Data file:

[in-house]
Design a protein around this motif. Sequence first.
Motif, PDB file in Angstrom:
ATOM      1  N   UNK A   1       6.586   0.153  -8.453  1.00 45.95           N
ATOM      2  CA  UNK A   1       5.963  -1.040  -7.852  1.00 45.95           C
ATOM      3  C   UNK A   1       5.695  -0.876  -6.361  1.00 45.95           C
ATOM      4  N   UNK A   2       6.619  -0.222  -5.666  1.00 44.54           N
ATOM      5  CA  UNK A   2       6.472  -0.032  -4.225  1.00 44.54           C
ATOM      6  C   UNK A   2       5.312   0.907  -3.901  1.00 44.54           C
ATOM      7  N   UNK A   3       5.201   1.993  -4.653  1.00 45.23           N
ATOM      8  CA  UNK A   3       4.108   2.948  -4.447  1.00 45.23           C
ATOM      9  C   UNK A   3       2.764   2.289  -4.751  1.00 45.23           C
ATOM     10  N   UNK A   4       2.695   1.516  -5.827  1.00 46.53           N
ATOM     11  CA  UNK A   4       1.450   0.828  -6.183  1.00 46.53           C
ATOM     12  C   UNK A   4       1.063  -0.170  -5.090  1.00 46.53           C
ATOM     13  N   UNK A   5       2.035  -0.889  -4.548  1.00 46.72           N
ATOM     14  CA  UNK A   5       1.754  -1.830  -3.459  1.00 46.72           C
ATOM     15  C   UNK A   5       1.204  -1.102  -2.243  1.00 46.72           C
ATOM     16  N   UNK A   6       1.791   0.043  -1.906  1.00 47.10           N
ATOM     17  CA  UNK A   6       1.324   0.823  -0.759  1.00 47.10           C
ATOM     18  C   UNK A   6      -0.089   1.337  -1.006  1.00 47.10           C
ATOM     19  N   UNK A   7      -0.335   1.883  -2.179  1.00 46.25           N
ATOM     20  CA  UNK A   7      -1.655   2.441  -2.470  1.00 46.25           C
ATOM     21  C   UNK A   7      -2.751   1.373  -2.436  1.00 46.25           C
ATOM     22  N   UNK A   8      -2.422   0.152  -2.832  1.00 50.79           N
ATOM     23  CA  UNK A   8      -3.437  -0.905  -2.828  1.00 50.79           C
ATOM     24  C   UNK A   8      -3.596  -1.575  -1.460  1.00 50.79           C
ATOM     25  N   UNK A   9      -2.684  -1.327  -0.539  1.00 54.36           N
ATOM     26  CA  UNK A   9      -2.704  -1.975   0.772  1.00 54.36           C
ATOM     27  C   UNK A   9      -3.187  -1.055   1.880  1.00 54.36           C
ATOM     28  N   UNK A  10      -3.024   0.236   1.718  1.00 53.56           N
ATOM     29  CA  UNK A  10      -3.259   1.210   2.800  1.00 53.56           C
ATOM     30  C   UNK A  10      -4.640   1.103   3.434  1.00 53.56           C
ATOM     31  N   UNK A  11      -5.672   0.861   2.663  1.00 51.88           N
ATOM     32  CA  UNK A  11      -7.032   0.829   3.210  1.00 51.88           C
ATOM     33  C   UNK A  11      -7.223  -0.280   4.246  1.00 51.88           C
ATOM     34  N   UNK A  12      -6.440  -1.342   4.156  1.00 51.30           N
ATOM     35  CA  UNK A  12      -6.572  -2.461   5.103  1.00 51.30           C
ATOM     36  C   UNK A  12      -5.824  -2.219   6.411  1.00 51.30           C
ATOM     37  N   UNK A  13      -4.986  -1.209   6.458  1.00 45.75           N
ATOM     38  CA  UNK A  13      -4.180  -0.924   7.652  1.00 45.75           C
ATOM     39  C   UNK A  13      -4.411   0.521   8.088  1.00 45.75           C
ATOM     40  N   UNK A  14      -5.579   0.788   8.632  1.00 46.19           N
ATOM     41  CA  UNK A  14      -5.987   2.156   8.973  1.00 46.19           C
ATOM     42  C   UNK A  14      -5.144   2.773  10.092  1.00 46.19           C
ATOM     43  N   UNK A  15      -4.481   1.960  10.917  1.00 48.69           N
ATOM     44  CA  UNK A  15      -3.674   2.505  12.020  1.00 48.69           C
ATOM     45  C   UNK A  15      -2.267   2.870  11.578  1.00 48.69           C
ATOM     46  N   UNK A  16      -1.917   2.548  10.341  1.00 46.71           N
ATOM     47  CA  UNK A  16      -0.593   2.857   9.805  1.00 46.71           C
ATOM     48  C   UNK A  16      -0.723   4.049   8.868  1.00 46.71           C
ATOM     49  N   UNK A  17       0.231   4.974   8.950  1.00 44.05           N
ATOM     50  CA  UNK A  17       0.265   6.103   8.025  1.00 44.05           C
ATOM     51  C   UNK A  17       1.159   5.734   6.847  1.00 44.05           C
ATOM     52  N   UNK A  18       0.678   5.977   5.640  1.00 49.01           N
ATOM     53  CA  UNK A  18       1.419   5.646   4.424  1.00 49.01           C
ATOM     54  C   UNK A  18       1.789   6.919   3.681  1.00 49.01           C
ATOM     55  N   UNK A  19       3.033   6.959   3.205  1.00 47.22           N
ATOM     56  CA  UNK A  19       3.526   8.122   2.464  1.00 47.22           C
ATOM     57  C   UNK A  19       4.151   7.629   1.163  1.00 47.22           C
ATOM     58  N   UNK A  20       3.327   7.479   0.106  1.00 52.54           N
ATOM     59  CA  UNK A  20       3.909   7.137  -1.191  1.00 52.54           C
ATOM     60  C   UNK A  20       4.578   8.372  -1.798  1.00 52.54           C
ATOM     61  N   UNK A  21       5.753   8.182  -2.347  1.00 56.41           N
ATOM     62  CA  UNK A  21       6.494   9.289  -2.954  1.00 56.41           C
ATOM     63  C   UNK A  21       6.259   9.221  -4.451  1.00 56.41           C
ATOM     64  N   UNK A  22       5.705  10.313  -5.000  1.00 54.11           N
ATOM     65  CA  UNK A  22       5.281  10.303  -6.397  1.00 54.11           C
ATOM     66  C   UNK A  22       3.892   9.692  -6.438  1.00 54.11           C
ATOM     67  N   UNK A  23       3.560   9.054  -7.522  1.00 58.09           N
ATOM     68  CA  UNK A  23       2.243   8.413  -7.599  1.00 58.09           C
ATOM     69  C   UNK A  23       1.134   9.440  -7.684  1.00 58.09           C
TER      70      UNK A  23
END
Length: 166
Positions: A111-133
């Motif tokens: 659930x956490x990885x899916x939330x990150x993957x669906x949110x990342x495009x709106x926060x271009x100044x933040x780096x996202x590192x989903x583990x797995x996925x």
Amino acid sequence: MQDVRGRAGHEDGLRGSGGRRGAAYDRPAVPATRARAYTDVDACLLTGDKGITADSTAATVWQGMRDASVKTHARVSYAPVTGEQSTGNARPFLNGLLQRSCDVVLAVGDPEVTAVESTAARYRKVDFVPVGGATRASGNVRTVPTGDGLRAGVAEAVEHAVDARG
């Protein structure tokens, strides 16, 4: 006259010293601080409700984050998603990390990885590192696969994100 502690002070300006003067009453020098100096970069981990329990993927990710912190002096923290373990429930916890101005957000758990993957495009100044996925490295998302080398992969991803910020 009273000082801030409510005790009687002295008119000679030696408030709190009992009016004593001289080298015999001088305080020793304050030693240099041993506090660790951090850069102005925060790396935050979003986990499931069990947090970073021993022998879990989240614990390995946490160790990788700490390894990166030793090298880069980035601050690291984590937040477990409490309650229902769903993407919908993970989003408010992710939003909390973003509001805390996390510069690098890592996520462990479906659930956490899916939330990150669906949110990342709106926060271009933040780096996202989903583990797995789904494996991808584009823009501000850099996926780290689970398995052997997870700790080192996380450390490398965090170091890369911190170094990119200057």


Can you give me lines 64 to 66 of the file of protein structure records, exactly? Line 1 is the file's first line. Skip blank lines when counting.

ATOM     61  N   UNK A  21       5.753   8.182  -2.347  1.00 56.41           N
ATOM     62  CA  UNK A  21       6.494   9.289  -2.954  1.00 56.41           C
ATOM     63  C   UNK A  21       6.259   9.221  -4.451  1.00 56.41           C